Charaka (Sanskrit: चरक, romanized: Caraka, fl. c. 100 BCE – 200 CE) was one of the principal contributors to Ayurveda, a system of medicine and lifestyle developed in Ancient India. He is known as the compiler or editor (Sanskrit: प्रतिसंस्कर्ता, romanized: pratisaṁskartā) of the medical treatise entitled Charaka Samhita (Sanskrit: चरकसंहिता, romanized: Carakasaṁhitā). Charaka has been identified as a native of Kashmir. The treatise that Charaka compiled is one of the foundational treatises of classical Indian medicine and is regarded one among the Brihat-Trayee (the Greatest - trio) of Ayurveda (Sanskrit: आयुर्वेद, romanized: āyurvēda).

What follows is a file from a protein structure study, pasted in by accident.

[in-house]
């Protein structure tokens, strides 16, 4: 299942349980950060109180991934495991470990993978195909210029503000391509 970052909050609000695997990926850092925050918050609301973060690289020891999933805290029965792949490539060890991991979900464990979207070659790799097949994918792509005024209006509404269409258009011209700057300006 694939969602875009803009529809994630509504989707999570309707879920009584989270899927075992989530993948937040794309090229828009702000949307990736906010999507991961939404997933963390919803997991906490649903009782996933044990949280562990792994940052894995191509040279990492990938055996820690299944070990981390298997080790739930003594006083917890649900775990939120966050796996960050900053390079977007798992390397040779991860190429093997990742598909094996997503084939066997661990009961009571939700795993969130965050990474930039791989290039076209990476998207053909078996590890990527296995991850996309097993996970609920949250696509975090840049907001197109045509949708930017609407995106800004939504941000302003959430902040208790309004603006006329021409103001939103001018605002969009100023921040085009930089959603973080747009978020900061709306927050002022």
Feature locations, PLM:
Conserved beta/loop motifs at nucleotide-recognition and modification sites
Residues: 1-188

- Charaka composed a Samhita (or encyclopedia) of medicine, which is still used in India, and gave to his followers an almost Hippocratic conception of their calling: “Not for self, not for the fulfilment of any earthly desire of gain, but solely for the good of suffering humanity should you treat your patients, and so excell all.” Only less illustrious than these are Vagbhata (625 A.D.), who prepared a medical compendium in prose and verse, and Bhava Misra (1550 A.D.), whose voluminous work on anatomy, physiology and medicine mentioned, a hundred years before Harvey, the circulation of the blood...
- Will Durant, Our Oriental Heritage : India and Her Neighbors.